Are you watching Big Brother?

Why?  (are you watching BB… it’s rubbish)

I made a mistake today… but then I’m in Dublin and staying in a hotel, so I was a bit bored.

Yes, I watched 10 minutes of Big Brother.

I’m so sorry, I couldn’t help it.  It just sort of happened.  I’d been watching Gaelic Football (and, I have to say I was watching it with Gaelic commentary: it seemed to make an awful lot more sense than when I watched it in English) and just flicked over the channels when the game finished.

I looked down and when I looked up, there it was.  Big Brother.  And I didn’t turn it over.

This isn’t my first BB experience; I watched the first series eleven years ago.  But I haven’t seen one second of it since.  I seem to remember that the first series was full of characters that were vaguely normal… just ordinary people who taking part in some kind of entertaining programme dressed up as a social experiment.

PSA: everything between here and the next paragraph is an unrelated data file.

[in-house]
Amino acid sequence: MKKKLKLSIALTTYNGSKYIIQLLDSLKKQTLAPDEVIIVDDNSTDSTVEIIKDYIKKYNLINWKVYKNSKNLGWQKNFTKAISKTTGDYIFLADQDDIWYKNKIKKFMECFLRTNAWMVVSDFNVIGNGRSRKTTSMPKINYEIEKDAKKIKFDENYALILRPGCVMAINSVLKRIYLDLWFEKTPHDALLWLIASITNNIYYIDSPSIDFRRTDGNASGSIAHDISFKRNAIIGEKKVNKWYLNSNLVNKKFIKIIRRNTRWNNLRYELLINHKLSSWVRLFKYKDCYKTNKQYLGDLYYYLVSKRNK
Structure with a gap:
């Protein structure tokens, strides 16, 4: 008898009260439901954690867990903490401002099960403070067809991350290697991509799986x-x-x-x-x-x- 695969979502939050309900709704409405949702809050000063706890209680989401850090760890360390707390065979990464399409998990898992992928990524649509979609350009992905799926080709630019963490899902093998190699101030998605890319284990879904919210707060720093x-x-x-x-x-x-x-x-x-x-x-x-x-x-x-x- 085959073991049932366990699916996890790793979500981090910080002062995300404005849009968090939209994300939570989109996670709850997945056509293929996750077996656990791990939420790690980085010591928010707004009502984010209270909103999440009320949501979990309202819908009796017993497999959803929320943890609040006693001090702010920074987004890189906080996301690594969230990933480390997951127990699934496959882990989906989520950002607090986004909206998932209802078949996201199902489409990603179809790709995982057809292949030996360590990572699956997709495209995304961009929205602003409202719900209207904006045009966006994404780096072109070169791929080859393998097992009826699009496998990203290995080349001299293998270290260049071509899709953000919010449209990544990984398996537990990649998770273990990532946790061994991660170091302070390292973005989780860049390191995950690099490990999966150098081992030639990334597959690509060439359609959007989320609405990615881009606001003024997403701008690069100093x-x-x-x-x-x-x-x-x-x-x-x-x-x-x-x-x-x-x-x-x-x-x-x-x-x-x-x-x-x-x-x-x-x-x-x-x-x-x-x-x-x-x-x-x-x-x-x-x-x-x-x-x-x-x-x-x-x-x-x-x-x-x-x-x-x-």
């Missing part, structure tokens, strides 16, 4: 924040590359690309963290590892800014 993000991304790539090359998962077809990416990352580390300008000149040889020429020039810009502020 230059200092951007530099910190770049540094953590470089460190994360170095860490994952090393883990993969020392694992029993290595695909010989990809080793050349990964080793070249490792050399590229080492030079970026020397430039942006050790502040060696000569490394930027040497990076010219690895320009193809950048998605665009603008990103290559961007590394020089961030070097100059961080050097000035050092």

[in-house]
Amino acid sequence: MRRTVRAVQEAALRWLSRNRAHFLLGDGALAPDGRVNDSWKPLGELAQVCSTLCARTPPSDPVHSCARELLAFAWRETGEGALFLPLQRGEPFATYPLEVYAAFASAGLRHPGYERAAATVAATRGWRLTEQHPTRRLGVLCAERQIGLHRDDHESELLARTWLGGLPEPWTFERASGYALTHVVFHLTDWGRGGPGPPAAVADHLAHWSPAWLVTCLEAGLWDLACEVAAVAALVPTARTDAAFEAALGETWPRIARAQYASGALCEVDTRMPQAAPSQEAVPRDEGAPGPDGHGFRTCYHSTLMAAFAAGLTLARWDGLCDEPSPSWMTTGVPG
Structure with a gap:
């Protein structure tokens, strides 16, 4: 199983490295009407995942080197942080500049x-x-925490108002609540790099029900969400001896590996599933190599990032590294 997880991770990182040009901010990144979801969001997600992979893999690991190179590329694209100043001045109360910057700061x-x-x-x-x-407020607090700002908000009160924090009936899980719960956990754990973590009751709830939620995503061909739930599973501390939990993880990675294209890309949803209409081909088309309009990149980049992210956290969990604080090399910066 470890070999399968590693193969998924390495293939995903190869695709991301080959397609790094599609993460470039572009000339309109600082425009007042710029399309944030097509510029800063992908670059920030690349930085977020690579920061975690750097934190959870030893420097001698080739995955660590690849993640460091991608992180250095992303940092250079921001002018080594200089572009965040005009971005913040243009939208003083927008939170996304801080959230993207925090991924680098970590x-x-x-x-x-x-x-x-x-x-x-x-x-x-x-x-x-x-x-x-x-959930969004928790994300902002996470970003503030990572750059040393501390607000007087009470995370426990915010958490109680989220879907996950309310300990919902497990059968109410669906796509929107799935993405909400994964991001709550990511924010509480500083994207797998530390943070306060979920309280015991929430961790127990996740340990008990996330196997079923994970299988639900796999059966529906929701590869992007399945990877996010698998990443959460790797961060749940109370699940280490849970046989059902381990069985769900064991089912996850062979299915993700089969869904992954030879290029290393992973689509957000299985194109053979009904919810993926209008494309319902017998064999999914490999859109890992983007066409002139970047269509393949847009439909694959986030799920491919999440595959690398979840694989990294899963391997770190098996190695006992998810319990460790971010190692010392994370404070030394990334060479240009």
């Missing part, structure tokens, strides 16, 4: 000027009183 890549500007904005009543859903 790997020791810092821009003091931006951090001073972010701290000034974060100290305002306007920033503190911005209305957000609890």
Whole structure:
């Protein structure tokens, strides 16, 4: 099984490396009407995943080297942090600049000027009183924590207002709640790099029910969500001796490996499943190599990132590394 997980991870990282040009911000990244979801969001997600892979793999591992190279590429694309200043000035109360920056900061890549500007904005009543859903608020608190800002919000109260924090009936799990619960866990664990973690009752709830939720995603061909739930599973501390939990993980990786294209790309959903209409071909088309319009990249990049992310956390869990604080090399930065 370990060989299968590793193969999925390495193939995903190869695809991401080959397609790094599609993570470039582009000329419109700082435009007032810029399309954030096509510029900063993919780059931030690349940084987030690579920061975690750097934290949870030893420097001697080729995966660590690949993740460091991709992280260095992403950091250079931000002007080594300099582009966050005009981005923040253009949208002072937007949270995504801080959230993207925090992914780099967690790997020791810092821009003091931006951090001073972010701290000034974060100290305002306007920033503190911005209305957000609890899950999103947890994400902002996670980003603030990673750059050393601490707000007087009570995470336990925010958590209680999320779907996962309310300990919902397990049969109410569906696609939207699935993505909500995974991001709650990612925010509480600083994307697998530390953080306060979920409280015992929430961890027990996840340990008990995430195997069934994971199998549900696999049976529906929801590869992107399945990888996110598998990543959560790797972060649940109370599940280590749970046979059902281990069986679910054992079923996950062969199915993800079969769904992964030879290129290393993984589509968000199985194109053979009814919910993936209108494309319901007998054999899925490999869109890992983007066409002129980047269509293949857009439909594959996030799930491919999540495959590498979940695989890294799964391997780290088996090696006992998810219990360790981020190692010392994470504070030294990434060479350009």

As far as I can tell, this year the Housemates (as I now know they’re called) seem to be a bunch of semi retarded delinquents, chavs, eejits and numpties that would either be in the Big Brother House or prison (or, more likely, a juvenile detention centre).

Of course, this is entirely deliberate on the part of the show’s producers… throw some extreme characters together and create conflict that doesn’t really exist.  Apparently Aaron has upset everyone else in the house, except Maisie but they’re all prepared to forgive him, but he doesn’t want to be around them… and he just thinks Tom is just a complete…

You see what I mean?

The issue I have with it is that it would be much more interesting (and I’m prepared to admit it would just be interesting to me) if you put normal people in the house and created subtlety in the conflict, rather than the sledgehammer approach that has actually been taken.  Then we might learn something useful that we can integrate into our own lives.

And then I remembered the origin of the term: Big Brother.  The sinister book by George Orwell, 1984, (so named because it was written in 1948) was the favourite piece of work I ever did at school… I studied for my ‘O’ level English Literature.

Big Brother was the omnipresent being who dominated the fictional society of 1984 and was, I suspect, a construct by The Party to keep people living in fear.  The whole book was a searing indictment of the pain that society can inflict on its own members when the few dominate the many…

So, not so different from the current series showing on Channel 5.

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